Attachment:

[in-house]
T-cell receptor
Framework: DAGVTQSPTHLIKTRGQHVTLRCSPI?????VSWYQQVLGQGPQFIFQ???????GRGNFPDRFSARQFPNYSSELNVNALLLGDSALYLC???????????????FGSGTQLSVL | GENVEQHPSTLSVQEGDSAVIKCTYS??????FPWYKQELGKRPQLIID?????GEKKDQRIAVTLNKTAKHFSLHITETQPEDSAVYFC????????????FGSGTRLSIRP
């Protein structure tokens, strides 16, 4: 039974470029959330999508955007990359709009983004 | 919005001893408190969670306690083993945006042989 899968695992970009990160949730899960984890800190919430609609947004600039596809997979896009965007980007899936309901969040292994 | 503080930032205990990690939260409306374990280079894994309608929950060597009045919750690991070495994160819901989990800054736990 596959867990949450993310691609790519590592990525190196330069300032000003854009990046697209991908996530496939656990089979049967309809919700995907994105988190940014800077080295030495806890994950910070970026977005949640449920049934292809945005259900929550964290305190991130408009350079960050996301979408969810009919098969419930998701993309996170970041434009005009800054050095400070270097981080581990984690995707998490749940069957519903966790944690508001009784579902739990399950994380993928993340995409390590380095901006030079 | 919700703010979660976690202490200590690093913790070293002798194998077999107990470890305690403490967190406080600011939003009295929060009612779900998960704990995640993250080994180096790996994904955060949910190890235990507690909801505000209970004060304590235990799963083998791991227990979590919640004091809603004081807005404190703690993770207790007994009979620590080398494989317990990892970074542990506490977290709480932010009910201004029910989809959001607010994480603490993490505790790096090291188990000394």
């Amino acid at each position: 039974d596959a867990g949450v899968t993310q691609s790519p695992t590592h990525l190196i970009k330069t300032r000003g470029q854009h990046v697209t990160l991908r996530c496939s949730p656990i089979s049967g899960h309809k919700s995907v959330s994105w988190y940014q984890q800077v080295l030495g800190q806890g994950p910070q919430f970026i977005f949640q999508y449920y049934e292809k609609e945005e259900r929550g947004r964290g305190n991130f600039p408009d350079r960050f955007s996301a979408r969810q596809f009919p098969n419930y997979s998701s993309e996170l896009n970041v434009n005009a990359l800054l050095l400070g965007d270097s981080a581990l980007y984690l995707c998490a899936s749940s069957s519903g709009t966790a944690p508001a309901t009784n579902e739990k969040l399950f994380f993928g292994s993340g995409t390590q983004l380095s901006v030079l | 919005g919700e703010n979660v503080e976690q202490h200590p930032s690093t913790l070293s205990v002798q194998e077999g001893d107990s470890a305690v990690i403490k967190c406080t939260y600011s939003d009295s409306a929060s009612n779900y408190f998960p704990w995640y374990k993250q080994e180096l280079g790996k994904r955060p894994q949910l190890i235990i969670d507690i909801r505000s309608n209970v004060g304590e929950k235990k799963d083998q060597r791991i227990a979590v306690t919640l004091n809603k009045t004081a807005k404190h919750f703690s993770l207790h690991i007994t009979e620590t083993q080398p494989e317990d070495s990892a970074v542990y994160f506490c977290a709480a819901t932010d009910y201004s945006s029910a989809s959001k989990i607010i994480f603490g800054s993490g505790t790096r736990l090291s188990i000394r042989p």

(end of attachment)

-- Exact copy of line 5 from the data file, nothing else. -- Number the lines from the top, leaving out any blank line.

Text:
């Amino acid at each position: 039974d596959a867990g949450v899968t993310q691609s790519p695992t590592h990525l190196i970009k330069t300032r000003g470029q854009h990046v697209t990160l991908r996530c496939s949730p656990i089979s049967g899960h309809k919700s995907v959330s994105w988190y940014q984890q800077v080295l030495g800190q806890g994950p910070q919430f970026i977005f949640q999508y449920y049934e292809k609609e945005e259900r929550g947004r964290g305190n991130f600039p408009d350079r960050f955007s996301a979408r969810q596809f009919p098969n419930y997979s998701s993309e996170l896009n970041v434009n005009a990359l800054l050095l400070g965007d270097s981080a581990l980007y984690l995707c998490a899936s749940s069957s519903g709009t966790a944690p508001a309901t009784n579902e739990k969040l399950f994380f993928g292994s993340g995409t390590q983004l380095s901006v030079l | 919005g919700e703010n979660v503080e976690q202490h200590p930032s690093t913790l070293s205990v002798q194998e077999g001893d107990s470890a305690v990690i403490k967190c406080t939260y600011s939003d009295s409306a929060s009612n779900y408190f998960p704990w995640y374990k993250q080994e180096l280079g790996k994904r955060p894994q949910l190890i235990i969670d507690i909801r505000s309608n209970v004060g304590e929950k235990k799963d083998q060597r791991i227990a979590v306690t919640l004091n809603k009045t004081a807005k404190h919750f703690s993770l207790h690991i007994t009979e620590t083993q080398p494989e317990d070495s990892a970074v542990y994160f506490c977290a709480a819901t932010d009910y201004s945006s029910a989809s959001k989990i607010i994480f603490g800054s993490g505790t790096r736990l090291s188990i000394r042989p």